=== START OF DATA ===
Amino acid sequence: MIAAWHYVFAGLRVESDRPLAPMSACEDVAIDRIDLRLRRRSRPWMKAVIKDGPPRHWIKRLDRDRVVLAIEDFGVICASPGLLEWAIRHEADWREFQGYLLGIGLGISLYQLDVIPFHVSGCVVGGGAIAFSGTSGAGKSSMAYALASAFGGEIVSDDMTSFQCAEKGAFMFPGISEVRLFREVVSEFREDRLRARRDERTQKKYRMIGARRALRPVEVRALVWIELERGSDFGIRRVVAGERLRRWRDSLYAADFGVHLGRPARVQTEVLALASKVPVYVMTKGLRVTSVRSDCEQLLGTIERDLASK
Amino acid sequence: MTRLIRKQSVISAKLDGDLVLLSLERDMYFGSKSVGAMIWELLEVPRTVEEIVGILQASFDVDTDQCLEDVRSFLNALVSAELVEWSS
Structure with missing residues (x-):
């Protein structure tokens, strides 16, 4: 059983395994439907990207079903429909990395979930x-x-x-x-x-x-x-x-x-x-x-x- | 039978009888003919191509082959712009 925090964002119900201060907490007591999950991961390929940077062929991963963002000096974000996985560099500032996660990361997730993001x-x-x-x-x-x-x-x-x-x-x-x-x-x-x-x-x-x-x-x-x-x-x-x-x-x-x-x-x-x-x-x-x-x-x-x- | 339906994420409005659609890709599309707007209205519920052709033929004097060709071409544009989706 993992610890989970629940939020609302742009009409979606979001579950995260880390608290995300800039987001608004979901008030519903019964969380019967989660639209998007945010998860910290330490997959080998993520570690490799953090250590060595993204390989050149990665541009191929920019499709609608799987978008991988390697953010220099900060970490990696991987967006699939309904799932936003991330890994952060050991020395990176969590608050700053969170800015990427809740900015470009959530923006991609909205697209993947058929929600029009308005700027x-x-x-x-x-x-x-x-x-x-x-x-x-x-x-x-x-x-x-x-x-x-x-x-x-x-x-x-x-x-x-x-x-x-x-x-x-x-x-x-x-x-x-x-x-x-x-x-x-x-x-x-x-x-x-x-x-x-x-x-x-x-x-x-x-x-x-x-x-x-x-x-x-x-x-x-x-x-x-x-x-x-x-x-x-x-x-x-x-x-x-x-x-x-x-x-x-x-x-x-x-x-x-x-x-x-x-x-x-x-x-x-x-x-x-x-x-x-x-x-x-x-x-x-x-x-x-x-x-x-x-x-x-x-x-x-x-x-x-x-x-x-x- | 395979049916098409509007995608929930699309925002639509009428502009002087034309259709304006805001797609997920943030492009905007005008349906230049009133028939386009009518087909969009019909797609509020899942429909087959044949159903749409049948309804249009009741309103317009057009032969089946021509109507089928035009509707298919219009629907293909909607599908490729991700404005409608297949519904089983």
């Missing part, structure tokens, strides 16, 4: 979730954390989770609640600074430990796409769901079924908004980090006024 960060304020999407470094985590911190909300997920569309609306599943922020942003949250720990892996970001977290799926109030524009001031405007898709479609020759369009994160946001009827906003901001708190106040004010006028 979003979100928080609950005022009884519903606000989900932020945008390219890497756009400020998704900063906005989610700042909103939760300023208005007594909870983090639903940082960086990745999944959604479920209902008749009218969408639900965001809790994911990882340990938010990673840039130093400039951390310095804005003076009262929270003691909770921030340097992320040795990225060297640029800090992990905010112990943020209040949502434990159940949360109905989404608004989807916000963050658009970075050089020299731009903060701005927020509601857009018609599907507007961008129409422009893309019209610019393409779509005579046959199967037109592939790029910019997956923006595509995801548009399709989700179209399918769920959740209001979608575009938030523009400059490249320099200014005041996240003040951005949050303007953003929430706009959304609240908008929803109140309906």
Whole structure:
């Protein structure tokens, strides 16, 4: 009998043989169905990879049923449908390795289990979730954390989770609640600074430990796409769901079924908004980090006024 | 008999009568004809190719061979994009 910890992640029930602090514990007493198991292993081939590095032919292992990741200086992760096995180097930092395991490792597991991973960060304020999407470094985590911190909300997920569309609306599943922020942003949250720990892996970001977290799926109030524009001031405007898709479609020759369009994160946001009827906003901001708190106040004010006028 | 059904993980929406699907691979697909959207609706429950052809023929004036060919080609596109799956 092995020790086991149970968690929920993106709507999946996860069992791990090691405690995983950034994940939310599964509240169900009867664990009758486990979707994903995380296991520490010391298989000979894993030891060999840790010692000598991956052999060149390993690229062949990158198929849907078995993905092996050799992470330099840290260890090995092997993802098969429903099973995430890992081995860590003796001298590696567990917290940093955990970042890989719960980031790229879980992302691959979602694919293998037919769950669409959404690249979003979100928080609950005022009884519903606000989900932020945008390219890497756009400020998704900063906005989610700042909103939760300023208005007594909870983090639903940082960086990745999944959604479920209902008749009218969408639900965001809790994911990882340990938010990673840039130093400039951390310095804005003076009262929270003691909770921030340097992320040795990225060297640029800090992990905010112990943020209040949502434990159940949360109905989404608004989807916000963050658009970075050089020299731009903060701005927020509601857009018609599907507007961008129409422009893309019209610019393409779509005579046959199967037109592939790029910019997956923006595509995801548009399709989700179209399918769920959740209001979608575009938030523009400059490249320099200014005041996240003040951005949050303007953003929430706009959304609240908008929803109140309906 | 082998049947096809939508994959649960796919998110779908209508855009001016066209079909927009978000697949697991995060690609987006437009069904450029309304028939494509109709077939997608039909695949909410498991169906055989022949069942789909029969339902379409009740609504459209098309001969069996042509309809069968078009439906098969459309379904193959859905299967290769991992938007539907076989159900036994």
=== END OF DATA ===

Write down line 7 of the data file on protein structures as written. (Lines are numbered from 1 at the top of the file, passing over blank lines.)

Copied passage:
């Protein structure tokens, strides 16, 4: 009998043989169905990879049923449908390795289990979730954390989770609640600074430990796409769901079924908004980090006024 | 008999009568004809190719061979994009 910890992640029930602090514990007493198991292993081939590095032919292992990741200086992760096995180097930092395991490792597991991973960060304020999407470094985590911190909300997920569309609306599943922020942003949250720990892996970001977290799926109030524009001031405007898709479609020759369009994160946001009827906003901001708190106040004010006028 | 059904993980929406699907691979697909959207609706429950052809023929004036060919080609596109799956 092995020790086991149970968690929920993106709507999946996860069992791990090691405690995983950034994940939310599964509240169900009867664990009758486990979707994903995380296991520490010391298989000979894993030891060999840790010692000598991956052999060149390993690229062949990158198929849907078995993905092996050799992470330099840290260890090995092997993802098969429903099973995430890992081995860590003796001298590696567990917290940093955990970042890989719960980031790229879980992302691959979602694919293998037919769950669409959404690249979003979100928080609950005022009884519903606000989900932020945008390219890497756009400020998704900063906005989610700042909103939760300023208005007594909870983090639903940082960086990745999944959604479920209902008749009218969408639900965001809790994911990882340990938010990673840039130093400039951390310095804005003076009262929270003691909770921030340097992320040795990225060297640029800090992990905010112990943020209040949502434990159940949360109905989404608004989807916000963050658009970075050089020299731009903060701005927020509601857009018609599907507007961008129409422009893309019209610019393409779509005579046959199967037109592939790029910019997956923006595509995801548009399709989700179209399918769920959740209001979608575009938030523009400059490249320099200014005041996240003040951005949050303007953003929430706009959304609240908008929803109140309906 | 082998049947096809939508994959649960796919998110779908209508855009001016066209079909927009978000697949697991995060690609987006437009069904450029309304028939494509109709077939997608039909695949909410498991169906055989022949069942789909029969339902379409009740609504459209098309001969069996042509309809069968078009439906098969459309379904193959859905299967290769991992938007539907076989159900036994």